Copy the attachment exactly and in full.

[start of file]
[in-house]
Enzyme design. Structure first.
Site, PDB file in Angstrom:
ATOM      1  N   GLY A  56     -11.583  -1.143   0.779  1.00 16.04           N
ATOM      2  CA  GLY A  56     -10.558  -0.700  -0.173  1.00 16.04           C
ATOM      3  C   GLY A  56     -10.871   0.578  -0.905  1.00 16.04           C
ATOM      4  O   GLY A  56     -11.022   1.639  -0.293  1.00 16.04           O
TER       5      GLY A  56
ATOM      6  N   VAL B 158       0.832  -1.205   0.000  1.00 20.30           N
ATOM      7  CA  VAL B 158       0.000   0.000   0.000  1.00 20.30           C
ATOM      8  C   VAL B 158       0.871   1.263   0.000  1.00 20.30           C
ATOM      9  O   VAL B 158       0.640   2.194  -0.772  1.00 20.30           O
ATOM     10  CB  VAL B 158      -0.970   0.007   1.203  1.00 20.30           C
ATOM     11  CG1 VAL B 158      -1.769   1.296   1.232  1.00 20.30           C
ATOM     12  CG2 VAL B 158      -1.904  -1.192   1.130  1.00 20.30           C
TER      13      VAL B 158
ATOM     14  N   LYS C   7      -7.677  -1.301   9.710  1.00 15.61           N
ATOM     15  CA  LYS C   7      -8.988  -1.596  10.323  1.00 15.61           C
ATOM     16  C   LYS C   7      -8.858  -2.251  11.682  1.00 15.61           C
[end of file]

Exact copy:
[in-house]
Enzyme design. Structure first.
Site, PDB file in Angstrom:
ATOM      1  N   GLY A  56     -11.583  -1.143   0.779  1.00 16.04           N
ATOM      2  CA  GLY A  56     -10.558  -0.700  -0.173  1.00 16.04           C
ATOM      3  C   GLY A  56     -10.871   0.578  -0.905  1.00 16.04           C
ATOM      4  O   GLY A  56     -11.022   1.639  -0.293  1.00 16.04           O
TER       5      GLY A  56
ATOM      6  N   VAL B 158       0.832  -1.205   0.000  1.00 20.30           N
ATOM      7  CA  VAL B 158       0.000   0.000   0.000  1.00 20.30           C
ATOM      8  C   VAL B 158       0.871   1.263   0.000  1.00 20.30           C
ATOM      9  O   VAL B 158       0.640   2.194  -0.772  1.00 20.30           O
ATOM     10  CB  VAL B 158      -0.970   0.007   1.203  1.00 20.30           C
ATOM     11  CG1 VAL B 158      -1.769   1.296   1.232  1.00 20.30           C
ATOM     12  CG2 VAL B 158      -1.904  -1.192   1.130  1.00 20.30           C
TER      13      VAL B 158
ATOM     14  N   LYS C   7      -7.677  -1.301   9.710  1.00 15.61           N
ATOM     15  CA  LYS C   7      -8.988  -1.596  10.323  1.00 15.61           C
ATOM     16  C   LYS C   7      -8.858  -2.251  11.682  1.00 15.61           C